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science and democracy flourish when gutenberg invented the printing press, americans took an extraordinary leap forward when we've established our system of public libraries. can i hear it for the public library? [cheers and applause] >> now, is that right quick should i start over? just getting. books have played a gigantic role in my own life. in fact, my mother used to tease me about how seriously i would in turn relies books when i was just a kid. she would tell me i would come into the kitchen and i would have my head down and i would be moping along and i would say something like you know, i just don't think i have it in me. i just don't think i could have
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taken on those gigantic spiders. ..
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but actually i think that we are confronting our own dramatic battle right now. our own has come to call. in this country that we are so proud of, 45% of our children are now being raised in homes that are termed poor or near poor. 45%. 45% of our kids are largely being excluded from the power of books and the results of this failure are unmistakable. 80% of fourth graders from low income families read below proficiency. and for those of you that favor an economic angle, mckinsey & co. has recorded that our failure to elevate education for
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children in need results in the economic equivalent of a permanent recession. so this is a lot of bad news. and tonight i invite you to decide what our next chapter will look like. here we are all devoted to books we know that the crucial key is for this entire crisis. we know that books can breathe life into those classrooms and those afterschool programs. we know that they can change the life of a kid today and they can change the life trajectory for that china forever. so, i am here now to put this in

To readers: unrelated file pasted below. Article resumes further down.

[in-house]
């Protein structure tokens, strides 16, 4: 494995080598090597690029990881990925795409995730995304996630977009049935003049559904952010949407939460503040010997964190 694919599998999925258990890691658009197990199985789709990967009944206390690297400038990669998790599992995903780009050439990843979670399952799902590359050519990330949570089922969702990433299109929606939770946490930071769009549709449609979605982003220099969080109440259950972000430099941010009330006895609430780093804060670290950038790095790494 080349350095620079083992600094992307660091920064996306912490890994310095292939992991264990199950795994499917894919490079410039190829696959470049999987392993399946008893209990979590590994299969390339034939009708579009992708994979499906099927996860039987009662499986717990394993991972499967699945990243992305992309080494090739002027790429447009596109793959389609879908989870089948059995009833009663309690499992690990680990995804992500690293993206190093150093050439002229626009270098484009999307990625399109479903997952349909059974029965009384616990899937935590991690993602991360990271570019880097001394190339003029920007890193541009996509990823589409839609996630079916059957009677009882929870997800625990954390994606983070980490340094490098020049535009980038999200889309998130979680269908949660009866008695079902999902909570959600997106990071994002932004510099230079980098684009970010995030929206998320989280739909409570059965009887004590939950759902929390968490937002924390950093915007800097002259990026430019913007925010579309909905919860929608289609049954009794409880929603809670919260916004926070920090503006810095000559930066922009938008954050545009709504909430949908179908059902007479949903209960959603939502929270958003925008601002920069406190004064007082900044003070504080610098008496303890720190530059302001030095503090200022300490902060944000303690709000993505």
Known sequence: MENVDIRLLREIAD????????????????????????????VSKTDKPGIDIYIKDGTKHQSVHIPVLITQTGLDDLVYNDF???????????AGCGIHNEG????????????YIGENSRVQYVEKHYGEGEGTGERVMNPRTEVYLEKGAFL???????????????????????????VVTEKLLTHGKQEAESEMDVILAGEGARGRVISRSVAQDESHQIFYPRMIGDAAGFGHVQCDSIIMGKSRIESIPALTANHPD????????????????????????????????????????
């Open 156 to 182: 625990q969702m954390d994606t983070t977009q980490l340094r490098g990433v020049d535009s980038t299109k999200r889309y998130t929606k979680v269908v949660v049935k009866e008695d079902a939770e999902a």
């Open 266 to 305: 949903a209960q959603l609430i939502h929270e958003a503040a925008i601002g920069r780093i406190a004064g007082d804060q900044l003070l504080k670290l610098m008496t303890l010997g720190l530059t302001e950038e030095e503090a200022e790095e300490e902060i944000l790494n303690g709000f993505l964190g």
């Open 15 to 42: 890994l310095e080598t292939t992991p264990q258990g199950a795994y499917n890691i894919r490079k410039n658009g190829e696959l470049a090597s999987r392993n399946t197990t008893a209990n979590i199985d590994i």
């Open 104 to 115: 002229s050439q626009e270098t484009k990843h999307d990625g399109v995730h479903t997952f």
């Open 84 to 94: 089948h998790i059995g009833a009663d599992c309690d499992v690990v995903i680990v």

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hobbit terms to you because i know that's important to all of us. here we go. the giant spiders are heading our way. and we are all standing there together and we are holding the sword in our right hands and the whole story, the end of our story is waiting. it's hanging pinging there to see if the step up are we going to step up, so i'm calling on you tonight. i want you to dig down and find that, i want you to find your captain. i know that there are some out there. i know that there are some aberdeen out there. i want you to join the book because buck because there are great chapters to write together. thank you so much for tonight.
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[applause] ♪ >> i was very excited to hear that her book was getting an award of this evening. they are a tremendous organization. inspired, i actually started my own small effort offers free delivery of the last book you are going to read before you die. [laughter] this year it's the corrections by jonathan. [laughter] i have no idea what that joke means. i don't understand what it means. okay. next we have the medal for distinguished contribution to american letters which will be awarded to ursula. [applause] and presented by a friend of literature and a friend of mine and a man revered as a god he